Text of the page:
24 September 2008 | South Pacific
Well the traveler deteriorated today. It was holding together most of the day and toward the end of the day we tried to set up for a jibe. As we carefully pulled the traveler to port the forward side of the traveler car began to spit out plastic ball bearings. It now looked ready to come off the track.
We dropped the main and put a line around the end of the boom to the starboard quarter cleat to control the boom if the traveler let go. We tried to move it back to starboard all the way to the lock (it is about a foot or two out) so that if it came off, the starboard control lines on the car would be as short as possible and keep it under control. It moved a little and then jammed. I didn't want to mess with it further because we have a 2 meter swell and there is just no way to control the flow of ball bearings up there in the bimini.
So we are now a trawler. We are doing 6 knots with one engine at 1,750 RPMs. We are burning about 1 to 1.3 gallons an hour and in the worst case can motor 5-6 more days. Our destination in Palmerston but we are considering ditching at Aitutake (218nm away). Tomorrow during daylight we're going to try to jury rig the boom so that we can get some main back up. The main adds at least a knot to the motor even in this very light wind (10 knots True, less than 10 apparent).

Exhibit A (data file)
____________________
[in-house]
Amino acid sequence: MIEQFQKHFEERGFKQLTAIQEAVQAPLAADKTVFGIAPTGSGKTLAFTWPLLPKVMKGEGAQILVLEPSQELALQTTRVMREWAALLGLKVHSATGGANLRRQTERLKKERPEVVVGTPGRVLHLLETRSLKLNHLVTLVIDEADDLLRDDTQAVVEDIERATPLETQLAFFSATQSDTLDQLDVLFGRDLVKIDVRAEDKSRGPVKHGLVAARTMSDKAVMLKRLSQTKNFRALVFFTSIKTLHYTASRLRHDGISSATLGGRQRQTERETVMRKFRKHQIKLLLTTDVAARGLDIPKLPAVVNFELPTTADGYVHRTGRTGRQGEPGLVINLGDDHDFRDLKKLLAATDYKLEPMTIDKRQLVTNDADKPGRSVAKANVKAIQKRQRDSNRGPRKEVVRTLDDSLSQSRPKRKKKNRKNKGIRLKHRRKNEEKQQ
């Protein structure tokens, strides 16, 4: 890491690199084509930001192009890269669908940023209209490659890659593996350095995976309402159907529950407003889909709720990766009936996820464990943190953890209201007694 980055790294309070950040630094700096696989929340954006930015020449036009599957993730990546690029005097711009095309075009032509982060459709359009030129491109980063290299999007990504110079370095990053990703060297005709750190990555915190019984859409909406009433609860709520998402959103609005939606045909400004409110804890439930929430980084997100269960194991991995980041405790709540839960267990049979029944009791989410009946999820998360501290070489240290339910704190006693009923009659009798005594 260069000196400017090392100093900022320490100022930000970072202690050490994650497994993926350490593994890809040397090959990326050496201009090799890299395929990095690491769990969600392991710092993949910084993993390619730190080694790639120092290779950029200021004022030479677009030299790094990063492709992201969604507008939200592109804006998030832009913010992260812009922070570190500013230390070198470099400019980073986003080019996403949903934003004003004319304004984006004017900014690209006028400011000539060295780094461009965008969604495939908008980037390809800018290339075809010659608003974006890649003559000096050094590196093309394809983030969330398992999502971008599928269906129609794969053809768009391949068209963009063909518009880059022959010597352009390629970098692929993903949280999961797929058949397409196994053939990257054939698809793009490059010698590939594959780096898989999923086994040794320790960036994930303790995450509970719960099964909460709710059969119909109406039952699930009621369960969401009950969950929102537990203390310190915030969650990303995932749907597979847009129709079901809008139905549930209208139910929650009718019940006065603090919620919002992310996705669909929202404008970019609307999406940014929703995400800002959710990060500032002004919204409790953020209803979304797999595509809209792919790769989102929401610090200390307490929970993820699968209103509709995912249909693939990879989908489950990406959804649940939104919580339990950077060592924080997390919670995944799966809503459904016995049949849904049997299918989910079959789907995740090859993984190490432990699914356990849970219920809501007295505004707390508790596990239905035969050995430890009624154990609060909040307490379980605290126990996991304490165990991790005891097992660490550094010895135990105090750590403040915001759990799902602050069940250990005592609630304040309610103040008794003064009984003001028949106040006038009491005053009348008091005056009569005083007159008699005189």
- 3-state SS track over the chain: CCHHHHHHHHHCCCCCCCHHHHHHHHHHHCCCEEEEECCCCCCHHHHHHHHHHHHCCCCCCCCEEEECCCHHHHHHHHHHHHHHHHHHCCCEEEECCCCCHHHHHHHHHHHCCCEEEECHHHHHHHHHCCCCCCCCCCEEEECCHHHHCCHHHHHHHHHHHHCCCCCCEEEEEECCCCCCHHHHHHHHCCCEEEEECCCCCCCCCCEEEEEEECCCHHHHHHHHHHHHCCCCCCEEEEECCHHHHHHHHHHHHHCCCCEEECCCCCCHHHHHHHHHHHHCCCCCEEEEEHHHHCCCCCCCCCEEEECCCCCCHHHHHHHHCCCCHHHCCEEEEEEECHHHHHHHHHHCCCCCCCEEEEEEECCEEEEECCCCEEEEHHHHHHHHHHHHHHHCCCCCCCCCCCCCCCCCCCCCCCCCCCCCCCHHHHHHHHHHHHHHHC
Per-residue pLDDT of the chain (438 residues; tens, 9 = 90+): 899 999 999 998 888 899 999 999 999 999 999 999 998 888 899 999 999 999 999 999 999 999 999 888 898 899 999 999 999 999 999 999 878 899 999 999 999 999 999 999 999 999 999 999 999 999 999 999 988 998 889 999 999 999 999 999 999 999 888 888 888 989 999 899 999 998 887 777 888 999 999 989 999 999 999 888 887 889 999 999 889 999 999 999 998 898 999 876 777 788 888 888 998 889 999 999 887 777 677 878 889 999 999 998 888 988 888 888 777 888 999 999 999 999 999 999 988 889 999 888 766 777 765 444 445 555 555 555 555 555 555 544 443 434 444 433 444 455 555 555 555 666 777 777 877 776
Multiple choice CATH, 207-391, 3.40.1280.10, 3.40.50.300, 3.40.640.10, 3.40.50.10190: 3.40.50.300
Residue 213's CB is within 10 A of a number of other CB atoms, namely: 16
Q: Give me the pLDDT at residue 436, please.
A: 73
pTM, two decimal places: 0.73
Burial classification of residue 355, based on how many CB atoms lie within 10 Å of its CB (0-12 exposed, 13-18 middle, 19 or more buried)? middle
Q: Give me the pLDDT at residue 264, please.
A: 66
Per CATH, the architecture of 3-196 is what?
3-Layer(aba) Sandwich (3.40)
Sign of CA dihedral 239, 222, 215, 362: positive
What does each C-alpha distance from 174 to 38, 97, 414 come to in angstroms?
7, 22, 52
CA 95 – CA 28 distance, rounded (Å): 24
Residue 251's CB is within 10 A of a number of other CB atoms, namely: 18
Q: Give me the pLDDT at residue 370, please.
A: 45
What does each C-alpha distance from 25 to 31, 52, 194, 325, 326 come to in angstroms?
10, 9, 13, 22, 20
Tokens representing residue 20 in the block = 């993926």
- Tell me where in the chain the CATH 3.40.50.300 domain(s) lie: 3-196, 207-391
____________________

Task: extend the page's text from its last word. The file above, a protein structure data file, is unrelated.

The South Pacific Convergence Zone is a wind convergence area much like the ITCZ which forms up at times in this area creating conditions like the ITCZ. It is the cause of our light wind and mildly squally weather. The frontal bit and sheer line is running from Roratonga to Niue right now and conditions south and west of there are tough. We are trying to stay north of the mess. Ten know of wind from astern is not optimal but 3 meter choppy seas and 25 knots with 35 knot squalls is certainly no fun when you have issues.
So we are now heading to the place with the best weather, a supply of diesel and the ability to have our part flown in quick. All is well on board of course. We have the boom secured, the sails down and the starboard motor humming.
399 nm to Palmerston